Jeremy Goldstein explains knockout stocks

Many companies are now avoiding giving employees stock options. The main reason is, at the end of the day, it ends up being a burden to the company. In as much as stock options are an alternative to increasing employee salaries, they result in a huge accounting burden. Besides, if the stock prices go down past a given number, employees cannot exercise their options. This has made employees wary of this method of payment. Instead, they would rather go for a pay rise.

In as much as stock options seem to have many disadvantages, it has even more advantages. When employees are given stock options, in a sense they own the company. Knowing that their investment depends on the company’s profitability, they will put in more effort to make the company profitable. This eliminates the need to motivate employees to work harder. Compared to equity and insurance coverage, stock options are easier for employees to understand. By giving its employees stock options, a company faces lighter tax burdens compared to when they increase employee salary or give the equity.

For a company to enjoy these benefits of stock options, they need to adopt a strategy that keeps them from losing money. Considering the fact that a company loses only when employees are unable to exercise their options, they can adopt a knockout clause to prevent this.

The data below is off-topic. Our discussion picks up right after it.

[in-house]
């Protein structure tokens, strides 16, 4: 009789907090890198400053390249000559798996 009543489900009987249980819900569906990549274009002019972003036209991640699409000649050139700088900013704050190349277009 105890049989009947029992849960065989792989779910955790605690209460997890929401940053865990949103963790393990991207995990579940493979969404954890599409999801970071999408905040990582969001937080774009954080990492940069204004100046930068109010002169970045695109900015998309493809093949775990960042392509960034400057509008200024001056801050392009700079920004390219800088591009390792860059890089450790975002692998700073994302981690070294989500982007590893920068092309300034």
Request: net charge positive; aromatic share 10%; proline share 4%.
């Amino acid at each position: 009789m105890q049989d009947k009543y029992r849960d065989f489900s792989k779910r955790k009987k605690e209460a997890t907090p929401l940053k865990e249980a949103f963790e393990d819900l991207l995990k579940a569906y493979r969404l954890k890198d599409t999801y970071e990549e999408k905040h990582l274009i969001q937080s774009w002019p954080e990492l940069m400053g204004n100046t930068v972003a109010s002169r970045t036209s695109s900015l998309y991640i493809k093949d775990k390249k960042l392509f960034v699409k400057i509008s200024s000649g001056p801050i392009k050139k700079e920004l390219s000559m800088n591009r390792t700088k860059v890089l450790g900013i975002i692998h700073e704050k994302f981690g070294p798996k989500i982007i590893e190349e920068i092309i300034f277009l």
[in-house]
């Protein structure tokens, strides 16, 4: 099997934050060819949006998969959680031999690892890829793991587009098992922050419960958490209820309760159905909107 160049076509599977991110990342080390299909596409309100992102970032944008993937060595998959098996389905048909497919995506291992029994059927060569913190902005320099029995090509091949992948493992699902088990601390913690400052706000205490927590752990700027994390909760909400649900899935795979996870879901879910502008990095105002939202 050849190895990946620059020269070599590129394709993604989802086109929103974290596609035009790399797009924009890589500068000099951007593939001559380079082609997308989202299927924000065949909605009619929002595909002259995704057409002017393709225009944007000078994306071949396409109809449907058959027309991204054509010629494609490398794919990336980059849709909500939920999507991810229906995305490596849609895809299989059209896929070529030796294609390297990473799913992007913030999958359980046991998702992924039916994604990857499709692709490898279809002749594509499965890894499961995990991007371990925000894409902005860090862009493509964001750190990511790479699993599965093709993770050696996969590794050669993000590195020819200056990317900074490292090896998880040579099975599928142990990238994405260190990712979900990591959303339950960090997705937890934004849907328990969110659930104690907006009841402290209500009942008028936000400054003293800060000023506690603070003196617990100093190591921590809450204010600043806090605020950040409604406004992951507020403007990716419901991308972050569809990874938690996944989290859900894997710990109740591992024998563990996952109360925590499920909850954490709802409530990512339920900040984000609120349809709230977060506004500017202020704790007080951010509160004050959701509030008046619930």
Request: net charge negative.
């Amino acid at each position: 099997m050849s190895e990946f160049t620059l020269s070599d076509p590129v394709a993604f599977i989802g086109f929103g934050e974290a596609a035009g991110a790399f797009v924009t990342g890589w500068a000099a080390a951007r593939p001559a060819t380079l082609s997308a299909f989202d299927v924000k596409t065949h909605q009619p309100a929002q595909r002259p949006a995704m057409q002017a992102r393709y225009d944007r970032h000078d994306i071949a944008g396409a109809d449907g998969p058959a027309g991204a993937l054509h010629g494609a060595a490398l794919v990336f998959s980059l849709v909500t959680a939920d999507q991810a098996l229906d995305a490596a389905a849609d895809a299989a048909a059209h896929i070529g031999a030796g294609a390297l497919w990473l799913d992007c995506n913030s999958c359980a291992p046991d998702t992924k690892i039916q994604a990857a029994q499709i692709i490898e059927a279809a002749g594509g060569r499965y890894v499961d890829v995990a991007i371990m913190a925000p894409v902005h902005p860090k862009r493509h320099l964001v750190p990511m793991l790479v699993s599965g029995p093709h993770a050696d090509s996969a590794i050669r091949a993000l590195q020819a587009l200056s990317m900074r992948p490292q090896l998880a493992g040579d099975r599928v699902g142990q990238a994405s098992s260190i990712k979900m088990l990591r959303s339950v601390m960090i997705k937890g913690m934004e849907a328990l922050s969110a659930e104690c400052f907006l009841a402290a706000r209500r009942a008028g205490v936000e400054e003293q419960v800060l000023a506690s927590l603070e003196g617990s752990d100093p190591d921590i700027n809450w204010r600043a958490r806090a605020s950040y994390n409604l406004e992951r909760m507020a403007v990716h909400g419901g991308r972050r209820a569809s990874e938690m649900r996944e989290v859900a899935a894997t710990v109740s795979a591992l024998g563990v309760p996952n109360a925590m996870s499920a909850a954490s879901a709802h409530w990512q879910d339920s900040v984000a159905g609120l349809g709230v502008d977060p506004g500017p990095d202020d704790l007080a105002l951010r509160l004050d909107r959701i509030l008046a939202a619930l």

Jeremy Goldstein, a partner at Jeremy L. Goldstein & Associates LLC., explains how the clause works. When a company incorporates a knockout clause, employees lose their options if the stock prices go below a certain price. For the knockout clause to be effective, the company has to give a definite number. The clause will only be effective if the stock prices stay low for at least a week.

Incorporating the knockout clause allows employees to enjoy full benefits of their options and prevents the company from losing money because of hangouts.

Jeremy Goldstein specializes on advising corporate committees, management teams and CEOs. He has been involved in many corporate transactions including the Dow Chemical Company/Rohm and Haas Company. Before starting his own firm, he worked at Wachtell, Lipton, Rosen & Katz. Learn more: